I’ve had an odd collection of conversations in the past few months. A coworker who claimed that cows “don’t want to live,” which I found particularly odd. He lives in a house with cows on the other side of the fence, and somehow he believes that it is right to eat these cows who he watches as he sits on his back porch because they don’t want to live. “Then why do they bother eating?” I asked him. He just looked at me.
More recently I’ve talked to someone who is a newly converted vegan, and who has spent his life in the mainstream right up until the vegan thing. I, on the other hand, never quite managed “normal” even when I put effort into it, so I don’t feel like I really understand what the mainstream folks are open to hearing. His input into what we can do to be effective is very interesting – reaching people on the fringes seems to be easier than reaching the mainstream, after all, yet it is the general population we should try to reach for greatest impact. Even when it comes to one-on-one advocacy, I often feel that people find what I say interesting, and they’ll actually commend me (their words) for what I do, yet the overall implication is that veganism and animal rights is for me, and people like me, but not them. And that stumps me a bit.
I’ve also thought about my own conversion to vegetarianism over a decade ago. The people I talked to (who don’t know I went vegetarian because of them, since I knew them for a random weekend while traveling) presented their ideas from a moral-ethical-rights foundation, and I came away from it with the conviction that since I could not personally kill these animals, I was a hypocrite for paying someone else to do it for me. My reasoning had nothing to do with their actual arguments, which is odd in some ways, but perhaps shouldn’t be a surprise if I thought about it some more. What they did for me was remove the disassociation between the animals I didn’t want to harm, and the food (i.e., the animals) I was eating. The rest of the reasoning was simply what I already felt behind the blinders I was wearing about the food I was eating.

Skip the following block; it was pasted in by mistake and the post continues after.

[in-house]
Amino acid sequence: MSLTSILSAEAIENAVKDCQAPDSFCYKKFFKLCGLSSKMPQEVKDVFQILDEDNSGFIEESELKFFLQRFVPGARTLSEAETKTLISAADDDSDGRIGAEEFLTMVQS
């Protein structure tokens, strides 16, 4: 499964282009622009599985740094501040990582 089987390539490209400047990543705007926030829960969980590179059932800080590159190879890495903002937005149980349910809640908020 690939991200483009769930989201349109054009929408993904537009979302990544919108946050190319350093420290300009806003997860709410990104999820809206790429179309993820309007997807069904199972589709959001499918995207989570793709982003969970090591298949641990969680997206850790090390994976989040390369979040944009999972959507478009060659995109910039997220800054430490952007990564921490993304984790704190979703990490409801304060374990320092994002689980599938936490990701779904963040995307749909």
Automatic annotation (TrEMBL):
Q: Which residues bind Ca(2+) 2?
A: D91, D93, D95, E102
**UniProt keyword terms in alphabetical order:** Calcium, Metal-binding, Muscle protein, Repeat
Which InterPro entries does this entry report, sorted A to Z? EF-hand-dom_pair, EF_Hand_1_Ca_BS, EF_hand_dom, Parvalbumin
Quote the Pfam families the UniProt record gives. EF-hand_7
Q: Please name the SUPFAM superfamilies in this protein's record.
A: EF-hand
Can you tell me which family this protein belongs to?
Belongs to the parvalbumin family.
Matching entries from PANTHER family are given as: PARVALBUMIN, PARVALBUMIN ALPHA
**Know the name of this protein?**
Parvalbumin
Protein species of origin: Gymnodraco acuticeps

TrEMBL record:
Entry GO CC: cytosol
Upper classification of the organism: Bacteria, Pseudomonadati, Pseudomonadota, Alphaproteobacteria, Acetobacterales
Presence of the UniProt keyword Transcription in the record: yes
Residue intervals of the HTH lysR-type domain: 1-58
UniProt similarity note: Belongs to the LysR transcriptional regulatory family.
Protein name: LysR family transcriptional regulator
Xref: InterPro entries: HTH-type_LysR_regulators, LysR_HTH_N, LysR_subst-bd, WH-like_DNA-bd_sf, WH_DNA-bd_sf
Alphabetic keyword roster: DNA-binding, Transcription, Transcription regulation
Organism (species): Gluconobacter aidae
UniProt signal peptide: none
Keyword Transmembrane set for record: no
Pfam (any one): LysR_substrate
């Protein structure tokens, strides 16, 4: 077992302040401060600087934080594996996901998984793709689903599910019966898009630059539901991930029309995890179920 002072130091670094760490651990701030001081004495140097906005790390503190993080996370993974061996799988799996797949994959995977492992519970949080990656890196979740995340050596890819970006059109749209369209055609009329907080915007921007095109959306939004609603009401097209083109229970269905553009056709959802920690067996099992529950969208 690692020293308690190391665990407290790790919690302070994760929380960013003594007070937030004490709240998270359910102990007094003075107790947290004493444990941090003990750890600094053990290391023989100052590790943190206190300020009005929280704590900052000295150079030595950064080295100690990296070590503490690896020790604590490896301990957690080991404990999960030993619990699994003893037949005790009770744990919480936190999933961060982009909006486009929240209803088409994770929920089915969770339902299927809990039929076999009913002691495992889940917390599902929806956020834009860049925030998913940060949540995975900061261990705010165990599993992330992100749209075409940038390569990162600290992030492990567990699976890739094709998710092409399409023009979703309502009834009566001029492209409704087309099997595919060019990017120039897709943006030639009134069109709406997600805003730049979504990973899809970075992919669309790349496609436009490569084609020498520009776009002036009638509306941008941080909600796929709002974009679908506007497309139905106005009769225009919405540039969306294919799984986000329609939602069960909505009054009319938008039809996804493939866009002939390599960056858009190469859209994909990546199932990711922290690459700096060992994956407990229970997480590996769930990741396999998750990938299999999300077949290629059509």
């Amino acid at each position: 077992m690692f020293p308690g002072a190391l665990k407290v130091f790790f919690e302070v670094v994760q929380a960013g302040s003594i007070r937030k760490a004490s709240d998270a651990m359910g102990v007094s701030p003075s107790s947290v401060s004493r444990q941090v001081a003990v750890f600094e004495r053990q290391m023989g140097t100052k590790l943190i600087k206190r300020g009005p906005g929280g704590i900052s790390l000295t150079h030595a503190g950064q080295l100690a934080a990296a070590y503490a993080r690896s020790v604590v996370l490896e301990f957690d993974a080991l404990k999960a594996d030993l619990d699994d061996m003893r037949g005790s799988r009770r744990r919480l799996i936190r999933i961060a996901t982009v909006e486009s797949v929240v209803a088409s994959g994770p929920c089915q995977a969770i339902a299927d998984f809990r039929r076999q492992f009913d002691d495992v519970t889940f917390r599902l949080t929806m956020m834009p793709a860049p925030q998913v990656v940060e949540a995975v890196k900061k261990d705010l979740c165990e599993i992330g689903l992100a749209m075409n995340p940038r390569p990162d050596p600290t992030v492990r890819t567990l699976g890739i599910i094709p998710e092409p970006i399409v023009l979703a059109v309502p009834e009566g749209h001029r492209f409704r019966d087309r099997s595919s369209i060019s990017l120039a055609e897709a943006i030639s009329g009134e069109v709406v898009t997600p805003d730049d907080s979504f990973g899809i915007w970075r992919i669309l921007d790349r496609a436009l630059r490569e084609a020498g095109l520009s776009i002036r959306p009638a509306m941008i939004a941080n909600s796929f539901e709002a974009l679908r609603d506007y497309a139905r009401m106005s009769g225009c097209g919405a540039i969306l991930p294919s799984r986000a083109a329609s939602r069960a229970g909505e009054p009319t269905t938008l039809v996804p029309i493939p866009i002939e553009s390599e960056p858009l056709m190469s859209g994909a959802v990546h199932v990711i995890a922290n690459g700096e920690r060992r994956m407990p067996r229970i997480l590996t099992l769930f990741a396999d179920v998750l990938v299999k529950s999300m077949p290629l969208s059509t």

What does that mean? Everyone is different, and I’m pretty sure that our brain’s complicated filtering process means that people hear only certain aspects of what we might say. We need to be good listeners as much as good talkers, essentially. And we need to remember (as I have recently been reminded) that it is important to get beyond the abstractions, and to work for the good of the animals themselves. They’re what it is all about, after all.
So, do turtles eat poop? The answer, based on my observation yesterday, of a turtle in the “wild”, is that yes, turtles eat poop. (I also looked it up, and it does seem to be considered normal, a way for them to get trace minerals that they might not otherwise be getting.)